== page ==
In retrospect, I’m guilty of making her feel that being a “good girl” is supposed to be a life ambition. And that whatever she does, she should strive to be a “good girl”.

My attitude lends credence to the popular cliché that a woman is as good as her reputation, which is a lie given the unfair definitions the society has on what a good woman should or should not be.


The good woman, if the society had its way, is the one who does not leave a man, even when she has every reason to.

A good woman is the one that would rather die of loneliness than use technology to widen her net and broaden her perspectives in finding a partner.

A good woman is the ambitionless one who comes to work everyday and diligently does her job, hoping that the men in suits upstairs will notice her goodness and give her a promotion at work.

A good woman is the one who hardly speaks up in meetings and sits at the back, serving the attendees tea and mandazi and does not raise a single point throughout.

A good woman is the one who does not speak up if sexually harassed in the office so as “not to ruffle feathers” and “spoil the man’s job”.

A good woman is the one who does not wear what she wants because she “might provoke the men”.

A good woman is the one who bears five children even though what she really wanted was two children and a holiday in the Maldives once a year.

I could go on, but you get the point.

The societal expectations place “goodness” over any other virtue like ambition, adventure, purposefulness, confidence, success and assertiveness.

And since this is what the society has decided a good woman is, I think we need more bad women.


We need bad women like Nobel Laureate Wangari Maathai, whose husband divorced because of alleged adultery.

In later interviews, she suggested that the actual reason was that she was “too educated, too strong, too successful, too stubborn and too hard to control”.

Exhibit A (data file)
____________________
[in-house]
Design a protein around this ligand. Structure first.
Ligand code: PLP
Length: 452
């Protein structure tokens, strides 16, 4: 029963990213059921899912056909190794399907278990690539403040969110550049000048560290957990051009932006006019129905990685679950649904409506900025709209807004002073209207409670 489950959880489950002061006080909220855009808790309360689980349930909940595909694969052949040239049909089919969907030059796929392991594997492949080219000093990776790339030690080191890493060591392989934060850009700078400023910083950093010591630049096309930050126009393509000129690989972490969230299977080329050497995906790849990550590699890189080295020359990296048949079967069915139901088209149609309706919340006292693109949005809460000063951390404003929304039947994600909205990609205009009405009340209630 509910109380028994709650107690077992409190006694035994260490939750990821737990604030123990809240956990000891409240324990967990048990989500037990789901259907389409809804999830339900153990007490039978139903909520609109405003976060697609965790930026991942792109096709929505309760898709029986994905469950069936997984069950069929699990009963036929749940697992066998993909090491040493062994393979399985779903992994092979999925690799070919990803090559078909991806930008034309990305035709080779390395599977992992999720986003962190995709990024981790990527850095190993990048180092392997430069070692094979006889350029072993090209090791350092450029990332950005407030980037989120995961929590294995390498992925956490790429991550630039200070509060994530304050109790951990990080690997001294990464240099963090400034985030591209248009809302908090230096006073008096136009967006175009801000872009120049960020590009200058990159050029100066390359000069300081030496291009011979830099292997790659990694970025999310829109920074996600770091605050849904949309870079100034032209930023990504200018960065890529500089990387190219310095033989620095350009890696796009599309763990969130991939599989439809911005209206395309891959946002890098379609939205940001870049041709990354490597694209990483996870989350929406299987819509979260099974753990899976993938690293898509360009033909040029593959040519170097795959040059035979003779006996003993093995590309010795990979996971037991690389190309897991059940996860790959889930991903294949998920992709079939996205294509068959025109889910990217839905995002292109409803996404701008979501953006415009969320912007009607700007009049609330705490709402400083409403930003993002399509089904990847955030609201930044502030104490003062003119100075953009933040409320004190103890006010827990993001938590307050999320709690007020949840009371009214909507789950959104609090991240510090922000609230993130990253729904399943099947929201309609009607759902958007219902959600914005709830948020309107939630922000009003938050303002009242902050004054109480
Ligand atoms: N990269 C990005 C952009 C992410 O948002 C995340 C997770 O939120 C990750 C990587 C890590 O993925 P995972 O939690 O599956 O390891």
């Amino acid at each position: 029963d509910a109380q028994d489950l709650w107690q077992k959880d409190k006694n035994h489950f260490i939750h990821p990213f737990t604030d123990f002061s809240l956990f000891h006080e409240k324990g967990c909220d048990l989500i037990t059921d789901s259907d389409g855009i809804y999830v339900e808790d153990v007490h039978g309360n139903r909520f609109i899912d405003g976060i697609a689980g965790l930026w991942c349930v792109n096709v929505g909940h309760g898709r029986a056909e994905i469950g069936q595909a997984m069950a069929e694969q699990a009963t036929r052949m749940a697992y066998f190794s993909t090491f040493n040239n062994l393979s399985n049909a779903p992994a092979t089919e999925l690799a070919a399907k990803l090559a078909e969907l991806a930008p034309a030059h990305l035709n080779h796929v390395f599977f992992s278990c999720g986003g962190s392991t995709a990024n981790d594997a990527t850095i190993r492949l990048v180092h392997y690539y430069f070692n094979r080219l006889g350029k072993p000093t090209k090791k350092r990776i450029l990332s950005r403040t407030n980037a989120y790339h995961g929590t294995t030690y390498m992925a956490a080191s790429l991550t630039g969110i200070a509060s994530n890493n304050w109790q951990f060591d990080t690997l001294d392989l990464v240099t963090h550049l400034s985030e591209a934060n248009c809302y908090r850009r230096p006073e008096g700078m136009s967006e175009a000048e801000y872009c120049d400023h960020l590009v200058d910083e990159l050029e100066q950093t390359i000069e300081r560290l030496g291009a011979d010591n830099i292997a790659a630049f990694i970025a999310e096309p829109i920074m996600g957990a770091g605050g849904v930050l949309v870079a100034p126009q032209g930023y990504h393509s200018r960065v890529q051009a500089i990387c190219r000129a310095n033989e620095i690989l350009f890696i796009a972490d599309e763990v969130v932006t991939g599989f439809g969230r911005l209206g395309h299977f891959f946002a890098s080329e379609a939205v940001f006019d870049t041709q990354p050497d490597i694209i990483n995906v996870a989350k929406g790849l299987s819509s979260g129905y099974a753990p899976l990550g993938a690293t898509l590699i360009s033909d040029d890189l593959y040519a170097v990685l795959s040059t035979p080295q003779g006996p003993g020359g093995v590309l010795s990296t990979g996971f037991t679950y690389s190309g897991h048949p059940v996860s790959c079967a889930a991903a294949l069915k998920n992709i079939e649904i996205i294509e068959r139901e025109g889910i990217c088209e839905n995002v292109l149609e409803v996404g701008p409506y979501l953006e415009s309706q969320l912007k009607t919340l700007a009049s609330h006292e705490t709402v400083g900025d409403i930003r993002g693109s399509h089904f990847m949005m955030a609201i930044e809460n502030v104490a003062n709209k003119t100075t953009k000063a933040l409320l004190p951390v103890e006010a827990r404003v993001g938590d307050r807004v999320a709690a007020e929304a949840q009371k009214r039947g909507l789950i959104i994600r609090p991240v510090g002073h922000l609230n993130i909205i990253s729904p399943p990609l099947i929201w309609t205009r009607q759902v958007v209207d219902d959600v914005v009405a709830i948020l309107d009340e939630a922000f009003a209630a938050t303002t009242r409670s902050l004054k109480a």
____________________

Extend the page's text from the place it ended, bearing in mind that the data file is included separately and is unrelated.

In short, he divorced her because she was a bad woman.

So bad was she, in fact, that she became the first Kenyan woman to earn a doctoral degree and is to date,  a revered activist hero.

The Norwegian Nobel Committee, in a statement announcing her as the 2004 Nobel Peace Prize winner, said the following of her:

“Maathai stood up courageously against the former oppressive regime in Kenya. Her unique forms of action have contributed to drawing attention to political oppression—nationally and internationally. She has served as inspiration for many in the fight for democratic rights and has especially encouraged women to better their situation.”

Martha Karua is the other bad woman I would like to honour today. In an interview with The Standard Newspaper in January 2019, the trailblazing lawyer and politician said:

“I don’t have the need to be liked. As long as I am doing my job the best way I know how, I am fine. If that makes me bad, then I want to be very bad.”

That is why we need more bad women.

It’s a challenge to me too to parent differently.

So the next time my daughter asks me if she is being a good girl, I tell her yes, definitely, but I will also encourage her to speak back to me, to challenge my rules, to be confident, to be ambitious, to be bold, to be authentic, to be ‘bad’.